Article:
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Vampire Squids Have Unique Reproductive Strategy, Study Finds

According to latest study, vampire squids, which live in the depths of the ocean, possess a very unique reproductive strategy that differs from all other living coleoid cephalopods.

The new study, led by Henk-Jan Hoving of the GEOMAR Helmholtz Centre for Ocean Research Kiel in Germany, was published yesterday, April 20, in the journal Current Biology. The research reveals that vampire squids show evidence of multiple reproductive cycles. Instead of reproducing all at once at the end of their life cycle, these creatures rather alternate between spawning and resting phase.

[quote text_size=”small” author=”– Dr. Henk-Jan Hoving” author_title=”Scientist at GEOMAR Helmholtz Centre for Ocean Research Kiel, Germany”]

Their slow mode of life seems insufficient to support one big reproductive event, unlike other coleoid cephalopods. Perhaps it is therefore that vampire squid return to a gonadal resting phase after spawning, and presumably start accumulating energy for a new reproductive cycle.


After examining 40 specimens from the Santa Barbara Natural History Museum, the study authors noted that one fertile female appeared to have laid 3,800 eggs over her lifetime, but still retained 6,500 viable oocytes. The finding suggests vampire squid may live longer than shallow-water squid species, according to The New York Times.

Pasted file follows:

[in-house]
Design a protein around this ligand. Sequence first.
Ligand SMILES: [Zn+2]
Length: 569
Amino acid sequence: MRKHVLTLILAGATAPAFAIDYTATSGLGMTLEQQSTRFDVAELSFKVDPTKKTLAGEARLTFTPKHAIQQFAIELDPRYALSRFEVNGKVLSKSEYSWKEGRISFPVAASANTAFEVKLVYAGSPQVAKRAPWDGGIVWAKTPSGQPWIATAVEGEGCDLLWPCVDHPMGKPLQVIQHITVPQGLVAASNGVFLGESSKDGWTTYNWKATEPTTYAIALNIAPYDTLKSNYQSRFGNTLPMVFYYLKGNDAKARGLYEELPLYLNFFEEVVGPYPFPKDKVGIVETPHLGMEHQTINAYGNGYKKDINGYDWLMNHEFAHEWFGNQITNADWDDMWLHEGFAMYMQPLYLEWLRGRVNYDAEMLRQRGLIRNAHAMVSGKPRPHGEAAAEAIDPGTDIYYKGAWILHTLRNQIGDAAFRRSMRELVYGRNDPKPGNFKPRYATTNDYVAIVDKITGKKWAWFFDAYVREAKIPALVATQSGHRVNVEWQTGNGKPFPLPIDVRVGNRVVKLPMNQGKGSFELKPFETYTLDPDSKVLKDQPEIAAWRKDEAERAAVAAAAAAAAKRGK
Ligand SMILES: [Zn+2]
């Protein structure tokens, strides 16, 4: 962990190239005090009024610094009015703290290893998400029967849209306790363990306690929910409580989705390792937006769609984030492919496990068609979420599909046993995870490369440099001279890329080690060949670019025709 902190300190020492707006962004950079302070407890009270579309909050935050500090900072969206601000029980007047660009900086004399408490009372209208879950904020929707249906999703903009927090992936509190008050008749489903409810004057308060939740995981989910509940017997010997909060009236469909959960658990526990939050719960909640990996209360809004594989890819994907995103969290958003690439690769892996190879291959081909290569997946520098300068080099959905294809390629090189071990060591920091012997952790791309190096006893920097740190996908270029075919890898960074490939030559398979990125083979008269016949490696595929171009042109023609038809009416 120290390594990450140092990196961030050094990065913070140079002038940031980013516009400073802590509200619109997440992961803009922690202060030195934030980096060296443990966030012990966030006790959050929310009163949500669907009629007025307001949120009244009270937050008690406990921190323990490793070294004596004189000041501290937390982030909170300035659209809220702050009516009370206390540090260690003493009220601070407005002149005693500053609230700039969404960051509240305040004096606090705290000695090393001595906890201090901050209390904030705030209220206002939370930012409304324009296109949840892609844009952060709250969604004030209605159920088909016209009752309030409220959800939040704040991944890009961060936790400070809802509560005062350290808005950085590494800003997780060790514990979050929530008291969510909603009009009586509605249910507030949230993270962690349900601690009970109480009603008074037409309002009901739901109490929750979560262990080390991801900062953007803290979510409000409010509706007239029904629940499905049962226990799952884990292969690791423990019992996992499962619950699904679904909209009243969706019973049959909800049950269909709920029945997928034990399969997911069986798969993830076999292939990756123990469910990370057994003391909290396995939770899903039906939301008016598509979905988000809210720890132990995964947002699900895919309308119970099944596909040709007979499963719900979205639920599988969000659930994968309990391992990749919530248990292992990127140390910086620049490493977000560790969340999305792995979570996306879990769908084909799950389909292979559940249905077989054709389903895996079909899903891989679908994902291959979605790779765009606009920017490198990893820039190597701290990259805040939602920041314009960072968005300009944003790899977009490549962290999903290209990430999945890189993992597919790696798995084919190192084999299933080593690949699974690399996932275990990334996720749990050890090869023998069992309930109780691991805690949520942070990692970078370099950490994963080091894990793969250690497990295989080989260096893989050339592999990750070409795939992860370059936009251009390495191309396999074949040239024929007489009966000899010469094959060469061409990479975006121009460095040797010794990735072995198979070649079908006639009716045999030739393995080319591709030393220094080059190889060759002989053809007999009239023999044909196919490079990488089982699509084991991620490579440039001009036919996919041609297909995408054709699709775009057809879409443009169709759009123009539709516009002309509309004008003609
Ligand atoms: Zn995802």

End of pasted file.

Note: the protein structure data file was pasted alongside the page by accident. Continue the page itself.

[quote text_size=”small” author=”– Dr. Henk-Jan Hoving”]

We know very little about deep-sea organisms and their life-cycle patterns, in particular in the water column of the deep sea. The patterns we know from coastal and shallow-water organisms may not apply to deep-sea species. Therefore we need to enhance our knowledge of deep-sea pelagic organisms and the system they are part of, since the pelagic deep sea is the largest living space on the planet. A better understanding of this unique marine ecosystem will eventually allow for better development of management and conservation strategies.


Unrelated to the story, Immortal News published an article containing a viral video of a giant octopus trying to escape the Seattle Aquarium. Click here to read more about it and see the video.

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